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From |
Yuval Arbel <yuval.arbel@gmail.com> |

To |
statalist@hsphsun2.harvard.edu |

Subject |
Re: Re: st: Multiple endogenous regressors |

Date |
Fri, 21 Oct 2011 02:14:35 +0200 |

On Fri, Oct 21, 2011 at 2:02 AM, Christopher Baum <kit.baum@bc.edu> wrote: > <> > Yuval said, in response to Elizabeth's numbered questions, > >> (2) If I can't find sufficient instruments to run all 5 endogenous regressors at the same time, what potential problems might arise if I run each of the 5 endogenous regressors independently in 5 different 2SLS models? >> > > Yuval: this is a very serious problem, which is known as "unidentified > equations" - in which case you get biased and inconsistent estimates. > For further details I suggest to look at the unidentified supply and > demand equations presented in Ramu Ramanathan. But anyway you have to > be sure that your model is correctly specified > > > Wrong. If an equation is unidentified or underidentified, you don't get biased nor inconsistent estimates -- you get NO estimates. You cannot estimate such an equation by any means. Yuval: take for example the system of demand and supply : Q=alpha0+alpha1P+u1 Q=beta0+beta1P+u2 If you solve this equation by ILS - you get a solution where Q=constant1 and P=constant2. The problem is that it represents one equilibrium point. That was my intention. So in this case you get a solution, but it is biased > > >> (4) Again assuming that I can find adequate instruments, I want to run the overidentification test akin to Basmann's F test and Hansen's J test. Can I still use these same overidentification tests for multiple endogenous variables? >> > > Yuval: See my answer below. I don't see any reason to run an > overidentification test. > > > Strongly disagree. If you have an overidentified equation you should ALWAYS perform the test of overidentifying restrictions to see if there is evidence against the maintained hypothesis that the instruments are uncorrelated with the error process. Use -estat overid- after ivregress. The test is built in to Baum-Schaffer-Stillman -ivreg2- on SSC. The latter program will also do the equivalent of the Hausman test referred to, with less hassle than -hausman-, with its -endog()- option. See the ivreg2 help file or the B-S-S papers mentioned by Cam, both of which are freely available. Yuval: I don't see the point of this test, because overidentification is a structural problem of the system. In my opinion the Yu-Hausman test is much better > > Kit > > Kit Baum | Boston College Economics & DIW Berlin | http://ideas.repec.org/e/pba1.html > An Introduction to Stata Programming | http://www.stata-press.com/books/isp.html > An Introduction to Modern Econometrics Using Stata | http://www.stata-press.com/books/imeus.html > > > > > * > * For searches and help try: > * http://www.stata.com/help.cgi?search > * http://www.stata.com/support/statalist/faq > * http://www.ats.ucla.edu/stat/stata/ > -- Dr. Yuval Arbel School of Business Carmel Academic Center 4 Shaar Palmer Street, Haifa, Israel e-mail: yuval.arbel@gmail.com * * For searches and help try: * http://www.stata.com/help.cgi?search * http://www.stata.com/support/statalist/faq * http://www.ats.ucla.edu/stat/stata/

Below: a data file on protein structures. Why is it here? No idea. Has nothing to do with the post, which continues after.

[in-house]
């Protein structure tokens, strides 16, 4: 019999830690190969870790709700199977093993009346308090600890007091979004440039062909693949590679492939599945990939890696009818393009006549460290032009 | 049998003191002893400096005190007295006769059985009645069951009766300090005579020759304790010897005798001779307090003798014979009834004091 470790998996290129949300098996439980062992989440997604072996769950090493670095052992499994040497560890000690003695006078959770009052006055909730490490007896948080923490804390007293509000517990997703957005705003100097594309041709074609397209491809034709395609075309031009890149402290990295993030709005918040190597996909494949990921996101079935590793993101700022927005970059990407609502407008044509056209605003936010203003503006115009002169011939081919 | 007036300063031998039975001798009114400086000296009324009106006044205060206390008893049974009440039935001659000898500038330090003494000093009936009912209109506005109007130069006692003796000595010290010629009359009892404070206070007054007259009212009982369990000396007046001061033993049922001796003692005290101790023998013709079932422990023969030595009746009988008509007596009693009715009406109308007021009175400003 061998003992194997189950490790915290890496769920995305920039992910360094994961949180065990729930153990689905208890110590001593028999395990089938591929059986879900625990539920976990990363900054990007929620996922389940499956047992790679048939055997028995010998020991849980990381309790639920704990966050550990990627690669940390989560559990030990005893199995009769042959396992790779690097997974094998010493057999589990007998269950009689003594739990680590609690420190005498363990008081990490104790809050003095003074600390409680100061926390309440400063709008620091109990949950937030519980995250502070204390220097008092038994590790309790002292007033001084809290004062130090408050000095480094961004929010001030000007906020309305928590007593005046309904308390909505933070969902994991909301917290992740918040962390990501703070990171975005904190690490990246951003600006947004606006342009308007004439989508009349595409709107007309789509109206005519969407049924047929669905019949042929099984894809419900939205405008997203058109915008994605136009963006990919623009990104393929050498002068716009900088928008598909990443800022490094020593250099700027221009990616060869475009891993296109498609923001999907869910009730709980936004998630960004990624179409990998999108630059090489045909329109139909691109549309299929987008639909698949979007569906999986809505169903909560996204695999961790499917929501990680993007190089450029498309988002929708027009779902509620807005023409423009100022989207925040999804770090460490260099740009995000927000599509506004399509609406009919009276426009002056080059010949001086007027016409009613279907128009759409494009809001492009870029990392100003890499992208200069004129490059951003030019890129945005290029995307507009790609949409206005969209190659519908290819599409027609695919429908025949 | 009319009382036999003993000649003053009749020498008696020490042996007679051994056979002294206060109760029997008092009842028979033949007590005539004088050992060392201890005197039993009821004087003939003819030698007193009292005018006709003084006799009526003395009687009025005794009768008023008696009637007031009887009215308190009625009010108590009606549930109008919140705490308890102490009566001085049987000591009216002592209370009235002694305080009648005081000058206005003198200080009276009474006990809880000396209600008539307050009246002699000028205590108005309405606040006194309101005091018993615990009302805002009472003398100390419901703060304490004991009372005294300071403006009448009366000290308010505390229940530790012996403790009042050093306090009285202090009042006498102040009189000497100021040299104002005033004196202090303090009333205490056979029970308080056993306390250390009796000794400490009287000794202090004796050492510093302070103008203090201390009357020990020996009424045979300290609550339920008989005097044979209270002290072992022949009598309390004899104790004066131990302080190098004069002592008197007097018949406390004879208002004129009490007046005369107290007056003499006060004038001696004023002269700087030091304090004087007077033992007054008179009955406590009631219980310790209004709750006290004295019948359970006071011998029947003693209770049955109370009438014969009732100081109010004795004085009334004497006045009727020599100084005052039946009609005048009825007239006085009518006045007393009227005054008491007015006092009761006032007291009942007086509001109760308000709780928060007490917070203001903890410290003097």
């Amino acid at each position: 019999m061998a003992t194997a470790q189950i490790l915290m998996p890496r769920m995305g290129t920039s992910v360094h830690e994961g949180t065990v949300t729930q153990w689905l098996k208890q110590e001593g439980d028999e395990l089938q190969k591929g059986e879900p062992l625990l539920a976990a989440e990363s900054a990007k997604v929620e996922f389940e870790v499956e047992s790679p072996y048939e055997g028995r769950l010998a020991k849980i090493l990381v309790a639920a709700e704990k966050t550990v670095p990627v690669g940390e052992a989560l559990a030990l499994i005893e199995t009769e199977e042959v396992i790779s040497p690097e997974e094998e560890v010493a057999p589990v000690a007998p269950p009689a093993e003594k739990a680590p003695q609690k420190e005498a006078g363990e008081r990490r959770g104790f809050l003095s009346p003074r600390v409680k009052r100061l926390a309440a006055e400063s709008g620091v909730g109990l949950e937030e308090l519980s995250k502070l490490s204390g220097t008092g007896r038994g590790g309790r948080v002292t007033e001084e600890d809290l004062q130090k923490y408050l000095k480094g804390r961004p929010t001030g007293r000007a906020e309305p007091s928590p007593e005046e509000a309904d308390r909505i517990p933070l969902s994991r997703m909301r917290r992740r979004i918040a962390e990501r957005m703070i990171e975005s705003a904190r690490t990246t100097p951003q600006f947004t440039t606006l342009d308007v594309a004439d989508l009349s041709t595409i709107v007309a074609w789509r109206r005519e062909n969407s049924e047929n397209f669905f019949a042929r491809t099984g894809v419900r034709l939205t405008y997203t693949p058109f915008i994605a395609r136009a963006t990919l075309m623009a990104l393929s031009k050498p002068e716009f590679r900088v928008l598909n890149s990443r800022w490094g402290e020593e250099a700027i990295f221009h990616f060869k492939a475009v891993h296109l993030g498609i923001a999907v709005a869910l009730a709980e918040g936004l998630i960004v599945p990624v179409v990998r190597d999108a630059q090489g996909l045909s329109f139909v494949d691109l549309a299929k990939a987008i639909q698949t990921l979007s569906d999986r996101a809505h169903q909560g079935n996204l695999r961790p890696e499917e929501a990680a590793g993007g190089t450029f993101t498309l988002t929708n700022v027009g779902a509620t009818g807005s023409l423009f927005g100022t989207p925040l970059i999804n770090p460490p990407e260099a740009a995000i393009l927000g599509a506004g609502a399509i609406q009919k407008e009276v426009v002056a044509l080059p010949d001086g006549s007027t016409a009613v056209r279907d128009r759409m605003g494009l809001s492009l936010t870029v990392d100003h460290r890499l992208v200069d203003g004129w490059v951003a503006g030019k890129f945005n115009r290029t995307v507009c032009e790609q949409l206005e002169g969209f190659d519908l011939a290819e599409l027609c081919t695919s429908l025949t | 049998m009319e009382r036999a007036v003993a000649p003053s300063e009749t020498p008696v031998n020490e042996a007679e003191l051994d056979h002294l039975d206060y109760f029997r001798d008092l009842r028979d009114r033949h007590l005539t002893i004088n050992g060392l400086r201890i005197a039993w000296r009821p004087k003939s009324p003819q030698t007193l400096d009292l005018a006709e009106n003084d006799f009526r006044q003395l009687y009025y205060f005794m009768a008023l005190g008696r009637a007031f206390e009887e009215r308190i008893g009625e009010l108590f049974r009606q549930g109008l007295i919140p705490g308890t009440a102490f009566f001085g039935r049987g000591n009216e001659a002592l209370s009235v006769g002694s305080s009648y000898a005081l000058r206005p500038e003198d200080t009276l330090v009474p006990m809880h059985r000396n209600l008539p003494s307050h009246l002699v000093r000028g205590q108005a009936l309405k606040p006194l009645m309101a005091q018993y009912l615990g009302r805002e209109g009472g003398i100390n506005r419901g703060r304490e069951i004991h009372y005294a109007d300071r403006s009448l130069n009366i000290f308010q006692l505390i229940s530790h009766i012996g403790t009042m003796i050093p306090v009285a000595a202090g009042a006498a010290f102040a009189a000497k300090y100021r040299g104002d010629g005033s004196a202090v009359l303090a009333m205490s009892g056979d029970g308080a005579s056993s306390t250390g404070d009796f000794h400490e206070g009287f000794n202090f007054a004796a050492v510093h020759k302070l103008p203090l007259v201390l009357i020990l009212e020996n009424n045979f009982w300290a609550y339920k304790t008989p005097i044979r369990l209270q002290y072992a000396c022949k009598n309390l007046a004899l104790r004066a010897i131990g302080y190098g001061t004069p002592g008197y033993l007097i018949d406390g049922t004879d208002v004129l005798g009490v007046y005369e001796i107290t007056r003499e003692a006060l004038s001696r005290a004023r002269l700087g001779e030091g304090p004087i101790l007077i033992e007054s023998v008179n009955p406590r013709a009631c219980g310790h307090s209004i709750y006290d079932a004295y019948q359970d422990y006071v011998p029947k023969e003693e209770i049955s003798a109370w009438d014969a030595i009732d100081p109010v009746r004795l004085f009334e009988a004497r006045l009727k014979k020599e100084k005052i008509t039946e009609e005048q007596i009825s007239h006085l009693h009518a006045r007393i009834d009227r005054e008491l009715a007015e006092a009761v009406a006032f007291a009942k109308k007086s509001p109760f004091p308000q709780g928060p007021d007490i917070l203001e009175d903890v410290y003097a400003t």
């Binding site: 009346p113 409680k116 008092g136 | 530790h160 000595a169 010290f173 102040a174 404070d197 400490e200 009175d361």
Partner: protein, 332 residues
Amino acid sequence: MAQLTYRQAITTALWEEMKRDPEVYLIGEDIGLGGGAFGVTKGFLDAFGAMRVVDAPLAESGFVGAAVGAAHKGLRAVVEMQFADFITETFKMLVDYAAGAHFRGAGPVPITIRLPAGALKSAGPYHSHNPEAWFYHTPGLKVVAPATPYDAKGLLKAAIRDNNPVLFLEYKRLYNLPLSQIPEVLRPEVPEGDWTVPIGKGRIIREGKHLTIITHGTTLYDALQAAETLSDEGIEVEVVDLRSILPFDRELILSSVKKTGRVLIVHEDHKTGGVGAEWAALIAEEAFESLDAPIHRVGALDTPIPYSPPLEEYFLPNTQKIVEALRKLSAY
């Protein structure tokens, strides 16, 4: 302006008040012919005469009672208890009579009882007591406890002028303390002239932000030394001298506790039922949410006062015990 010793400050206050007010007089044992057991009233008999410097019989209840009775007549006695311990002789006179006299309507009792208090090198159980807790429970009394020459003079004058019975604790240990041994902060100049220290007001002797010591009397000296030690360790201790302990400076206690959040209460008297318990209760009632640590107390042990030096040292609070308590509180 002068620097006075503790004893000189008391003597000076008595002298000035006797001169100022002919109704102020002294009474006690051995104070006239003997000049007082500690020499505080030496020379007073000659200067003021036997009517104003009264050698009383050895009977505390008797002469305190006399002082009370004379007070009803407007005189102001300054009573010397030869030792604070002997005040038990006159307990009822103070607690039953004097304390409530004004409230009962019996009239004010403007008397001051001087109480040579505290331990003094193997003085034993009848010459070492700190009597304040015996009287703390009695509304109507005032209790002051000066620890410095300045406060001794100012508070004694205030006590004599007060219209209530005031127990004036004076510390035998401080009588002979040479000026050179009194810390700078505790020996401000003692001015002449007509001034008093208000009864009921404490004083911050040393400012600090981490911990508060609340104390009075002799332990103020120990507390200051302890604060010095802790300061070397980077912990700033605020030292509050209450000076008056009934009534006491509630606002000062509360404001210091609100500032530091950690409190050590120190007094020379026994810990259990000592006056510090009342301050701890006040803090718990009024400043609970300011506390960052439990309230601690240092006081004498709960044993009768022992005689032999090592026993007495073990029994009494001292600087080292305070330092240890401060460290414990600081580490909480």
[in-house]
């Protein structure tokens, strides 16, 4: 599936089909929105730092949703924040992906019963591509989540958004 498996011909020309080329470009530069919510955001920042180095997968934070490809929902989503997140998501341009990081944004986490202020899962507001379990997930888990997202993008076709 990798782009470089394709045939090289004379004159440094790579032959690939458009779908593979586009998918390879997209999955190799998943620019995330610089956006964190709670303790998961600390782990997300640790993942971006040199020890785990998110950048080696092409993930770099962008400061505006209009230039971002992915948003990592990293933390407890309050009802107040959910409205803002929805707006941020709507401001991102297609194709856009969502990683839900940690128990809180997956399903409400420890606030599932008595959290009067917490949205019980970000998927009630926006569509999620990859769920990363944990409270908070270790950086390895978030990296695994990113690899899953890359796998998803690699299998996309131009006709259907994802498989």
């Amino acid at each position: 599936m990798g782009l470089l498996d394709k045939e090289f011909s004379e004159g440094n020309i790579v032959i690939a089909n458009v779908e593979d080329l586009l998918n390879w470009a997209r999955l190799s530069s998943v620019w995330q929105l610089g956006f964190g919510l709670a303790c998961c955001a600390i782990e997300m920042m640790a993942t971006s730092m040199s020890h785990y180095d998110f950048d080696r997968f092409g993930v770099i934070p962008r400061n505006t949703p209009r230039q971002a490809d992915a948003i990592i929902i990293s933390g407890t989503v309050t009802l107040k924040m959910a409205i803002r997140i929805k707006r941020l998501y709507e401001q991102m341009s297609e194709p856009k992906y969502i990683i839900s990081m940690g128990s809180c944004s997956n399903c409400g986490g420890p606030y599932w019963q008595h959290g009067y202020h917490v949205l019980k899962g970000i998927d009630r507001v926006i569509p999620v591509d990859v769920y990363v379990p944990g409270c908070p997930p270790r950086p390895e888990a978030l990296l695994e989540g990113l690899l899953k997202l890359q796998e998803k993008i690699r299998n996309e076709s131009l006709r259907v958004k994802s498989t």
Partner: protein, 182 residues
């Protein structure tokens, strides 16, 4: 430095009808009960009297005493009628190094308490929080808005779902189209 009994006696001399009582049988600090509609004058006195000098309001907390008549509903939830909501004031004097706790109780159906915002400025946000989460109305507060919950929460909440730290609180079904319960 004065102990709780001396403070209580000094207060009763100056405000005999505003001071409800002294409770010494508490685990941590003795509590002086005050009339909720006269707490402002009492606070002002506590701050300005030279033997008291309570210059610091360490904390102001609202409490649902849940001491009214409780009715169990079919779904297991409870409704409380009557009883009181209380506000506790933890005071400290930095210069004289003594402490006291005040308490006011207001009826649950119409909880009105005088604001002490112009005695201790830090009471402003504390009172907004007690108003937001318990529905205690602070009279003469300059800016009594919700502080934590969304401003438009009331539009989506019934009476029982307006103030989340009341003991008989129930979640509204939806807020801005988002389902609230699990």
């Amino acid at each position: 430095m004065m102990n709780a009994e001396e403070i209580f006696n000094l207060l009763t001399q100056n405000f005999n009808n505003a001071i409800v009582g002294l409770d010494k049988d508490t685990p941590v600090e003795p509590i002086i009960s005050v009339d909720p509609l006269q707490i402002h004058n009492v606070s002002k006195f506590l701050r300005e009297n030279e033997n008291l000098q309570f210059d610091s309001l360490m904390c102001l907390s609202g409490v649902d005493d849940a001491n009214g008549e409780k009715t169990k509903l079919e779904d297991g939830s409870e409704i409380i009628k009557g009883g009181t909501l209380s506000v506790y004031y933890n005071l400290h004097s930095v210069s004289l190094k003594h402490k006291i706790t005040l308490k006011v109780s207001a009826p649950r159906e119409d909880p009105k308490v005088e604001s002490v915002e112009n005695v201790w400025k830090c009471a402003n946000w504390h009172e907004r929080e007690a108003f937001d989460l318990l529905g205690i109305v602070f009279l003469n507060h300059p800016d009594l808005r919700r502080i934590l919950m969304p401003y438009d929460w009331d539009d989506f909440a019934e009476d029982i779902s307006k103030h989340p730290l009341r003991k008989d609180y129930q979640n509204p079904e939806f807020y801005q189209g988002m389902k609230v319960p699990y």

**References**:**re:Re: st: Multiple endogenous regressors***From:*Christopher Baum <kit.baum@bc.edu>

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